"The nature of the legal commitment involved in voluntarily including sexual orientation in the non-discrimination clause would be unclear and—given the litigious nature of our society—likely decided in the context of lawsuits, and there would be no assurance that a civil court would respect important distinctions in Catholic moral teaching."

In explaining Notre Dame's rationale, Brown invoked the university's "Sprit of Inclusion" statement, which he said, "articulates our commitment to welcome gay and lesbian members of our community. We strongly reaffirm the ideals articulated in this statement and, in the weeks ahead, we will consider how we can even more fully live up to them."

"We will work to heighten campus awareness of the Spirit of Inclusion's foundational message of respect and welcome, and underscore its explicit condemnation of harassing or discriminatory behavior," said Brown.

And in one of Notre Dame's strongest statements to date about harassment and discrimination, he said, "First and foremost, Notre Dame does not discriminate and does not tolerate harassment against any individual on the basis of personal characteristics or qualities—including sexual orientation.

"Our discriminatory harassment policies specifically provide that such conduct can and will be punished."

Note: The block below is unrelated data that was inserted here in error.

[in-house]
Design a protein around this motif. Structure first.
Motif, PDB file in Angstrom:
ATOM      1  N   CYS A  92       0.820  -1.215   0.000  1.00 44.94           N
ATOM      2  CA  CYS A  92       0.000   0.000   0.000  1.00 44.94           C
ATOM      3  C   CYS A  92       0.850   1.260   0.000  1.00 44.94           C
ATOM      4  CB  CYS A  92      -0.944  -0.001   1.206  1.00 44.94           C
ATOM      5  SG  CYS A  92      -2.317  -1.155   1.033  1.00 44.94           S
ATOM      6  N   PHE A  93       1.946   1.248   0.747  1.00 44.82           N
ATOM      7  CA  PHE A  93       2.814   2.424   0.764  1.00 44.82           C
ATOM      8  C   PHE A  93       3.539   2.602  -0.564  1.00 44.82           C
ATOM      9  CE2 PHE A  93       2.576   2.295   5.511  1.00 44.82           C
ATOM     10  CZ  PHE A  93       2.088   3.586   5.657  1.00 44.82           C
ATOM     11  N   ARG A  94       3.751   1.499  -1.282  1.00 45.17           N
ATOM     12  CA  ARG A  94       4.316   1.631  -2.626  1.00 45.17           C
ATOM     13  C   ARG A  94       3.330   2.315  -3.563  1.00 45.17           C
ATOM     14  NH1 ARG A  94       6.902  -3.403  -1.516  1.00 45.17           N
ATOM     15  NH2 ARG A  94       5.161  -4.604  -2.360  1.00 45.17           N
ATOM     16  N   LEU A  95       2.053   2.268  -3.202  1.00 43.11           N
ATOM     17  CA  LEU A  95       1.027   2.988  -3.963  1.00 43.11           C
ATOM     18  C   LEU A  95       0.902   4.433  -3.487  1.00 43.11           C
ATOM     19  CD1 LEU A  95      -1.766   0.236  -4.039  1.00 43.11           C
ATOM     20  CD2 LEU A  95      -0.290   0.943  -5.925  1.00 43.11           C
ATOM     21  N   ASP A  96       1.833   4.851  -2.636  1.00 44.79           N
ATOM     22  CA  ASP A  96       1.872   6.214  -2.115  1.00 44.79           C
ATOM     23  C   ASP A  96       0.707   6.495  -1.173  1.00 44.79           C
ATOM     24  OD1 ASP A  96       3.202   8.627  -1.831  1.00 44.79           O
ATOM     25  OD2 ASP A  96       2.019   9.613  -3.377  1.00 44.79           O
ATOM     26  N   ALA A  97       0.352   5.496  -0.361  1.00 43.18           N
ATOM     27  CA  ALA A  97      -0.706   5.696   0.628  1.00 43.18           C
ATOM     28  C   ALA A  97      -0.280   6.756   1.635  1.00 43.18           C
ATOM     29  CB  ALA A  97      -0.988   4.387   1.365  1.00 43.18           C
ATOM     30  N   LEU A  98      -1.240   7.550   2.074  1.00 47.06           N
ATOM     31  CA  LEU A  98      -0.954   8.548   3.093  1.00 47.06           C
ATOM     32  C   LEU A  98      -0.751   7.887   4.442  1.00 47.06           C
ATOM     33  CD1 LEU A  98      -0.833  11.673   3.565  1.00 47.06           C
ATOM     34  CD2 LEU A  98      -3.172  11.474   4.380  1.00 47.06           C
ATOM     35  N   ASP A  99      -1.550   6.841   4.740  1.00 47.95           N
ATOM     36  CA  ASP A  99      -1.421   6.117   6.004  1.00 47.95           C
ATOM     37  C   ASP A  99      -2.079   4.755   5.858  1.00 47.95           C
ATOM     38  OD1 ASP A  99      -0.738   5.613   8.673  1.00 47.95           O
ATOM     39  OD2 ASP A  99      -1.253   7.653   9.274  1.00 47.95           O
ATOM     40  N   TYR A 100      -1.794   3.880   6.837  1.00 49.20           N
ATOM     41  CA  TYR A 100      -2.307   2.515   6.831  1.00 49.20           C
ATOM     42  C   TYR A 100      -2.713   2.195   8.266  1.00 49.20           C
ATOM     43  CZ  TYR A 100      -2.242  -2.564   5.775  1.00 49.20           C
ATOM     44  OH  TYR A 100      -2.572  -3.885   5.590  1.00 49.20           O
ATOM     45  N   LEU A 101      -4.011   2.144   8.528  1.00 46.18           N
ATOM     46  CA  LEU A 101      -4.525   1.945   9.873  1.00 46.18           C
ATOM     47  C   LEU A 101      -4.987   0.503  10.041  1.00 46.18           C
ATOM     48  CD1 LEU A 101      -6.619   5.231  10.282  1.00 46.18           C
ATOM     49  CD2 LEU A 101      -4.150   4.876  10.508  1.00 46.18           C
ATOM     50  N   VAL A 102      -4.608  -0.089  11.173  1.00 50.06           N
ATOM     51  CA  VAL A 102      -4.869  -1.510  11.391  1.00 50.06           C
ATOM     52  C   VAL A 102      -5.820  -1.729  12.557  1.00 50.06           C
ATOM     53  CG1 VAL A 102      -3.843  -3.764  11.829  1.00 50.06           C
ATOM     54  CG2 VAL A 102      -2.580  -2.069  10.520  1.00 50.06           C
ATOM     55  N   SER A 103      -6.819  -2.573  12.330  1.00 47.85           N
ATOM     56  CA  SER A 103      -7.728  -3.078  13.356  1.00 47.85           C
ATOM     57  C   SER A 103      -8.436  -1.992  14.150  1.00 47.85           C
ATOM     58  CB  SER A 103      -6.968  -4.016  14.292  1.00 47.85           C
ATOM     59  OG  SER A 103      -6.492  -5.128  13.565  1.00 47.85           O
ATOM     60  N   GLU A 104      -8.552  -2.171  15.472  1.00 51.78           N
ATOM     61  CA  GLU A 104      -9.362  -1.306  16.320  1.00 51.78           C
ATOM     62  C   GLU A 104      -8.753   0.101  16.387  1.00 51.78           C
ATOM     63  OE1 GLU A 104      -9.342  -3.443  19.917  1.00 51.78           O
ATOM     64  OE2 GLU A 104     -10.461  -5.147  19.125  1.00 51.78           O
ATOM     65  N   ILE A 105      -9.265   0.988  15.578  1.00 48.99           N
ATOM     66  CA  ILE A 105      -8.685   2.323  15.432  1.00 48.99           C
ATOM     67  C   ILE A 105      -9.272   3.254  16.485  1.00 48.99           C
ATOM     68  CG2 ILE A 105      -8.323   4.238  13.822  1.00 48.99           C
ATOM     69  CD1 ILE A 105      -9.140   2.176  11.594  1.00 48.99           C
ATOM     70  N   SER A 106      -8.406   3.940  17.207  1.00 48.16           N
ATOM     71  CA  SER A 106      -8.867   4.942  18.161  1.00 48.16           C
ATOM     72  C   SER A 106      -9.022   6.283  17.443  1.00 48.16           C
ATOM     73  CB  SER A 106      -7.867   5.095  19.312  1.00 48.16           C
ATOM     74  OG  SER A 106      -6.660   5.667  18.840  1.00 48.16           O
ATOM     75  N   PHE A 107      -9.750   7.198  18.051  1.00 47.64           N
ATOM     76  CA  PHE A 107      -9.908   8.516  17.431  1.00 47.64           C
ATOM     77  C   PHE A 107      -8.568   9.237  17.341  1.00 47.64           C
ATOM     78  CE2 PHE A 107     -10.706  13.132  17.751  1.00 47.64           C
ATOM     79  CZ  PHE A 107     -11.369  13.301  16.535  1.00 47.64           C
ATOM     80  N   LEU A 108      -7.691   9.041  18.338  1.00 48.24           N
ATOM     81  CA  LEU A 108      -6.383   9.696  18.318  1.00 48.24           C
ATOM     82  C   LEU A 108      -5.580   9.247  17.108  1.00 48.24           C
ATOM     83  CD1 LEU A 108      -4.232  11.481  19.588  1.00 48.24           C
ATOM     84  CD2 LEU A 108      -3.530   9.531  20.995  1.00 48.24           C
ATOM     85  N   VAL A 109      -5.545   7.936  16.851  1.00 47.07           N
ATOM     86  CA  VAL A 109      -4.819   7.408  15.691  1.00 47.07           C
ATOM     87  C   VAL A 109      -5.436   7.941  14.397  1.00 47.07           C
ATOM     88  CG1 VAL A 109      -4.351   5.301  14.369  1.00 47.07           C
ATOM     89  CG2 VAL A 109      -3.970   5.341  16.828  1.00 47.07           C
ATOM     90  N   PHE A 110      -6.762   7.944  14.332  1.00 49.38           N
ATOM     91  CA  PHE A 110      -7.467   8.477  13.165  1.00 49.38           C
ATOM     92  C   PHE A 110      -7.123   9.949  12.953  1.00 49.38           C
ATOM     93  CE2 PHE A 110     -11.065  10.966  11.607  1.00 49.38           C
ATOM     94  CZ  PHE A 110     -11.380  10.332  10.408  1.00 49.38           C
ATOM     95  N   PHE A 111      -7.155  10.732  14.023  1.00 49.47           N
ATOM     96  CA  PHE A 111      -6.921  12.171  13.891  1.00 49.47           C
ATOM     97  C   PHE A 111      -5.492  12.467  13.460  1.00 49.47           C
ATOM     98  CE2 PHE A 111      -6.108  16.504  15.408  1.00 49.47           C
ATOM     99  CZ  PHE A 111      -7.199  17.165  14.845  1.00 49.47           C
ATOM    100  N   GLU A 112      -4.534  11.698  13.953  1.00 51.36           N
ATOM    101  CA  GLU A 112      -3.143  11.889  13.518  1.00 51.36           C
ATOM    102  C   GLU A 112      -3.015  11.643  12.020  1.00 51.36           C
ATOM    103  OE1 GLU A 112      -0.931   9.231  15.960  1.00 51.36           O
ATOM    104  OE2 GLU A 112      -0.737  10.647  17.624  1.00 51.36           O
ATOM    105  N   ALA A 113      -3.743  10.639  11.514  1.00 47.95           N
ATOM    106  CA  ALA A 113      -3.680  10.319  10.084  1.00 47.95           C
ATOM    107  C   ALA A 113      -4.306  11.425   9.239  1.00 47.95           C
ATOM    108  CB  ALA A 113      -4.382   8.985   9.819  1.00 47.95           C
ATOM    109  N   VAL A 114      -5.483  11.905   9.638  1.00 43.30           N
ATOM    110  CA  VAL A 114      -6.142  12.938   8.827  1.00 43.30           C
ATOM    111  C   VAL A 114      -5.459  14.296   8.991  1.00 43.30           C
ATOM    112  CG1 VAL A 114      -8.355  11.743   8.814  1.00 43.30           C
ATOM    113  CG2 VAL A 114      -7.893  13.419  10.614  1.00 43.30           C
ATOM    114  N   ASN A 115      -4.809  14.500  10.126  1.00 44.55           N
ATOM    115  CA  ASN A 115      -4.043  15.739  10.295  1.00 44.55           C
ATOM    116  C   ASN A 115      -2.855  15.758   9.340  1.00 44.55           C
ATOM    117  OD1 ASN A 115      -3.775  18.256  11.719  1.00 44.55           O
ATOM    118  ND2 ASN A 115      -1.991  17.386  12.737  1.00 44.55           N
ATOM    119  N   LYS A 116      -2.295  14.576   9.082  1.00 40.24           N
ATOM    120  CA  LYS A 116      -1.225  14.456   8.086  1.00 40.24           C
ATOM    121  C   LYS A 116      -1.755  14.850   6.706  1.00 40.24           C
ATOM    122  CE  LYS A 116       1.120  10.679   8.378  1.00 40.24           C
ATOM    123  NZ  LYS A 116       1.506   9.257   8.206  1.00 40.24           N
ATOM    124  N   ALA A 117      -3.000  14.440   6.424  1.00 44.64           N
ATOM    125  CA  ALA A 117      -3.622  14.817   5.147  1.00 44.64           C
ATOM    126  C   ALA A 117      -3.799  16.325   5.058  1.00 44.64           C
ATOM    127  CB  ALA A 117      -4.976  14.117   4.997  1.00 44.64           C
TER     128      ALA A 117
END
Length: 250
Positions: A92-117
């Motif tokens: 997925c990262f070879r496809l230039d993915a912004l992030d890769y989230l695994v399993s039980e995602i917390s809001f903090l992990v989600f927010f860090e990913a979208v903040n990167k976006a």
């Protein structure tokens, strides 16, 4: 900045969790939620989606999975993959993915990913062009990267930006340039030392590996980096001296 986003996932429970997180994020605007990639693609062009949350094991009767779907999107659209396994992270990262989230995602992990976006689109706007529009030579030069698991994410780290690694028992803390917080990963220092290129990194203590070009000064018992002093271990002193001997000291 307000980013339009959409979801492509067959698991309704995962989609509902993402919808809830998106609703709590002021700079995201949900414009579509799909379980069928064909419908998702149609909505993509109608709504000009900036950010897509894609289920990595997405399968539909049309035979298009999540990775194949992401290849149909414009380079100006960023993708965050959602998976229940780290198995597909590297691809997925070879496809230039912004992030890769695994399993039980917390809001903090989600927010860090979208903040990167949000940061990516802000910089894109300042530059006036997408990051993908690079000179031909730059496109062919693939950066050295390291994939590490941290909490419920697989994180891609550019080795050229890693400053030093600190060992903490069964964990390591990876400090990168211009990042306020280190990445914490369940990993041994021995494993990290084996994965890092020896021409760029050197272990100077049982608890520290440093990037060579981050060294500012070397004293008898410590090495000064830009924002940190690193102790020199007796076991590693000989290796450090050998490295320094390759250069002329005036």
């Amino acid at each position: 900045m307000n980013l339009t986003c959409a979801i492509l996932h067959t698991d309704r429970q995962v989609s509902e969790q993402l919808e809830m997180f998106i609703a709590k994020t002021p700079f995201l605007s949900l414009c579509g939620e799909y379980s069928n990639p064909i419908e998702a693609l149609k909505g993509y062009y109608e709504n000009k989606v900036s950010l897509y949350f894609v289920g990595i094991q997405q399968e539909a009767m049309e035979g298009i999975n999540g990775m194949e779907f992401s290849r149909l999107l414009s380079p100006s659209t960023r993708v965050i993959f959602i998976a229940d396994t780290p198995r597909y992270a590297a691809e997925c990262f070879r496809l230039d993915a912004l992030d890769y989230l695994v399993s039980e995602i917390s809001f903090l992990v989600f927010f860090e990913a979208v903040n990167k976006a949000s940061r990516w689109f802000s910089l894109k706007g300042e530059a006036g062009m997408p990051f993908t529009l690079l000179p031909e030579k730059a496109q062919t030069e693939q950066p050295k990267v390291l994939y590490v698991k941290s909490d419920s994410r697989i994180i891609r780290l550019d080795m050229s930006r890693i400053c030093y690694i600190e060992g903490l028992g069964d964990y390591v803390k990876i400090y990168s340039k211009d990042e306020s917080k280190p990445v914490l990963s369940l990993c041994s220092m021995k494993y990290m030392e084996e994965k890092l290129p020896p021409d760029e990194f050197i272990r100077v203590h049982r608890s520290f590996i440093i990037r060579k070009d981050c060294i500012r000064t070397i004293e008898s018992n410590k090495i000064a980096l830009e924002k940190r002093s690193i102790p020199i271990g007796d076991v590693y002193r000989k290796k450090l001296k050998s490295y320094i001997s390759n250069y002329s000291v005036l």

Still, the Spirit of Inclusion provides cold comfort to alumna Lisa Karle, a former secretary of Gay & Lesbian Alumni of Notre Dame and St. Mary's College (GALA-ND/SMC).

"First of all, the very existence of the Spirit of Inclusion has always seemed somewhat degrading to me," she said, adding, "I want to be treated equally and valued as a human being; I don't appreciate it when that document is used in an effort to conceal institutional discrimination."

Karle also said associations with her alma mater remain "bittersweet."

As she explained, "My favorite spot on campus is the Sacred Heart statue on God's quad. On it, Jesus' own words are inscribed, 'Venite ad me omnes,' Latin for 'Come to me, all of you!'"

For Karle, "That represents true inclusion and the standard to which I hold my alma mater," she said.

In response to an e-mail question about a censorship policy of the Notre Dame Magazine, Brown declined to address how the classnotes section policy of banning use of the word marriage in acknowledging same-sex civil wedlock, fits with the Spirit of Inclusion.

It was Allyn Amato's letter to the editor of the magazine earlier this spring that first brought light to the block-out policy. In noting Amato and his husband Mark Montel's marriage in the District of Columbia, magazine editors changed the word marriage to "united in a ceremony."